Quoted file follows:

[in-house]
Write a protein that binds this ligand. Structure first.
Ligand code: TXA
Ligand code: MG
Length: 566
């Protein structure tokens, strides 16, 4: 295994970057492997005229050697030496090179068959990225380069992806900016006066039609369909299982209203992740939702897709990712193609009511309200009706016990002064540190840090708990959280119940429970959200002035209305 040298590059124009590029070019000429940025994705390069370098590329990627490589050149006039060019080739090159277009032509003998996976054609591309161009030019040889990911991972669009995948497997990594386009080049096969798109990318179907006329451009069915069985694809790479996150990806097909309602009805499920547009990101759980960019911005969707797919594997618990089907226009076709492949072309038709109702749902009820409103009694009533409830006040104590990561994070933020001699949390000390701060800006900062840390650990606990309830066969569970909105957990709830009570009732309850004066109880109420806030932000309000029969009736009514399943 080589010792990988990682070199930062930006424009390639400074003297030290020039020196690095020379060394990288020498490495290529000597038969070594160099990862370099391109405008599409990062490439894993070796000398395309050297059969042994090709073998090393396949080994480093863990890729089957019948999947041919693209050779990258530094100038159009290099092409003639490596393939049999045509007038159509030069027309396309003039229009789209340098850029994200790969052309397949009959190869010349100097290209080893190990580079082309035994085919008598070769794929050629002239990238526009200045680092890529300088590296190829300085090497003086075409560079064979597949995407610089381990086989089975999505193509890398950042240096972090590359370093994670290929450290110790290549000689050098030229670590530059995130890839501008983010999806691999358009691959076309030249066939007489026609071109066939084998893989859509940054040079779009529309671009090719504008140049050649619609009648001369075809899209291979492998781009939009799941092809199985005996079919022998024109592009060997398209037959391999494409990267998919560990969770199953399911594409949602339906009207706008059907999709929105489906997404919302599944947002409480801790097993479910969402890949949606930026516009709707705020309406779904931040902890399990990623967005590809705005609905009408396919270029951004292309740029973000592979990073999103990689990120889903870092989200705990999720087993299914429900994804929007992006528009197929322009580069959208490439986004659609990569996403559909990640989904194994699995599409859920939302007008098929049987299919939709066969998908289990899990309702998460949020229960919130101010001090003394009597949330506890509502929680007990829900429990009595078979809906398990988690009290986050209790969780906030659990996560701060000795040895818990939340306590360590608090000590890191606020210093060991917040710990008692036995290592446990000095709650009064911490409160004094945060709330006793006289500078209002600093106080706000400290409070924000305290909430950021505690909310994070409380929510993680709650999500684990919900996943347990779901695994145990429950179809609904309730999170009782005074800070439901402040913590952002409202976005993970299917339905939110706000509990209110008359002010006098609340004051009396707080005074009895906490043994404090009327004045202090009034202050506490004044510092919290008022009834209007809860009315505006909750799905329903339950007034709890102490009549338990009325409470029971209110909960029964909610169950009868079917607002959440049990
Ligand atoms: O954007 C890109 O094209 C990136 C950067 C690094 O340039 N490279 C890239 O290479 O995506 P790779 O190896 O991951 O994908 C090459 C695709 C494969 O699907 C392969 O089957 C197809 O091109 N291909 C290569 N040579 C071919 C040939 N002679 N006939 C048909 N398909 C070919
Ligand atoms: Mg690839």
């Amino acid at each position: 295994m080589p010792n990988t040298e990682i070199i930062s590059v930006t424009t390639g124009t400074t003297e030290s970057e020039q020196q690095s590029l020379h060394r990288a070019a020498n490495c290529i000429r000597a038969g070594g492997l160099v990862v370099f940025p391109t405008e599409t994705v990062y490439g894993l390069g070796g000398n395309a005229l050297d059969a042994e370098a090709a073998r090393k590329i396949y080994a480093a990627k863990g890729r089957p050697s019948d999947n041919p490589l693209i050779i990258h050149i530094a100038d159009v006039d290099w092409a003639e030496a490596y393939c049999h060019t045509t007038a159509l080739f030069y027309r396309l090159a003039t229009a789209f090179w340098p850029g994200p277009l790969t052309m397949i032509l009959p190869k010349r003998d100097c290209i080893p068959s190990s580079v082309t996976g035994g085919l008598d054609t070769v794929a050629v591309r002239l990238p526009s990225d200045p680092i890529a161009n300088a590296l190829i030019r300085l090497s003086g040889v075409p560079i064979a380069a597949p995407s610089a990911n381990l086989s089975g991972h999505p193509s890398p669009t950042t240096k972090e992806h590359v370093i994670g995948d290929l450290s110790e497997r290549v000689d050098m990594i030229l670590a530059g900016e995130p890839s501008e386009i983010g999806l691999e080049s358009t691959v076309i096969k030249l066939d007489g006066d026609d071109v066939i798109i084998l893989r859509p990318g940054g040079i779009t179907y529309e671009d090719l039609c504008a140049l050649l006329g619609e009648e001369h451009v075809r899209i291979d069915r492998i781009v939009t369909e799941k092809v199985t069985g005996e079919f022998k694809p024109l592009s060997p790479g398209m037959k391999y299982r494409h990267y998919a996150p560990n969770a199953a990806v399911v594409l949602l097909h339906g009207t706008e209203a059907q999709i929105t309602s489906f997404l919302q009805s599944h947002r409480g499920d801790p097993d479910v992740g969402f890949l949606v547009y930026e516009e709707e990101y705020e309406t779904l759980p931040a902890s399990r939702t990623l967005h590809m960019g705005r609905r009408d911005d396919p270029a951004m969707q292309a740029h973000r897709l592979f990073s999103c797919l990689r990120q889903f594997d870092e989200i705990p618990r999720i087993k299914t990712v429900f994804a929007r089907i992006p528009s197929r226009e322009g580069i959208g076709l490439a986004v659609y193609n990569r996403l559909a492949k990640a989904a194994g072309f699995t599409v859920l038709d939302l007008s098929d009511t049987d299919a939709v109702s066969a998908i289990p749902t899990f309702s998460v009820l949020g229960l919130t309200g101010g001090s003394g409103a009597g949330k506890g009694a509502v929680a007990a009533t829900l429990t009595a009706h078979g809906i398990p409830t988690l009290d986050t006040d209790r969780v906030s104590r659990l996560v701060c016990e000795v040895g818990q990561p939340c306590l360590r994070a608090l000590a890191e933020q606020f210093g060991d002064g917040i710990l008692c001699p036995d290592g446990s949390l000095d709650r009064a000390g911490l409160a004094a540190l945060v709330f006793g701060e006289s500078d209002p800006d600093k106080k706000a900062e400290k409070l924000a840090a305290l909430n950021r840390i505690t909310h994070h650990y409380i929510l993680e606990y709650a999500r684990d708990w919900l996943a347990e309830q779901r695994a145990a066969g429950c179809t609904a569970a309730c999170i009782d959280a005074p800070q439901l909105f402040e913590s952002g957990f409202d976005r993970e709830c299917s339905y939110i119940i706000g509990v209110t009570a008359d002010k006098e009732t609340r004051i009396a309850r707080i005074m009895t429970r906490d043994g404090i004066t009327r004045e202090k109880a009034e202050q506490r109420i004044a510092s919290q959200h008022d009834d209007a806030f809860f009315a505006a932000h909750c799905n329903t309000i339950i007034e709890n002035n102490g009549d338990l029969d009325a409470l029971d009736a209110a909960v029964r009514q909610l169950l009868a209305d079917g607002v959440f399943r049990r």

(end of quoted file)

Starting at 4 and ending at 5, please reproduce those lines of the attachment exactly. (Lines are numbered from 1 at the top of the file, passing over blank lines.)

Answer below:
Ligand code: MG
Length: 566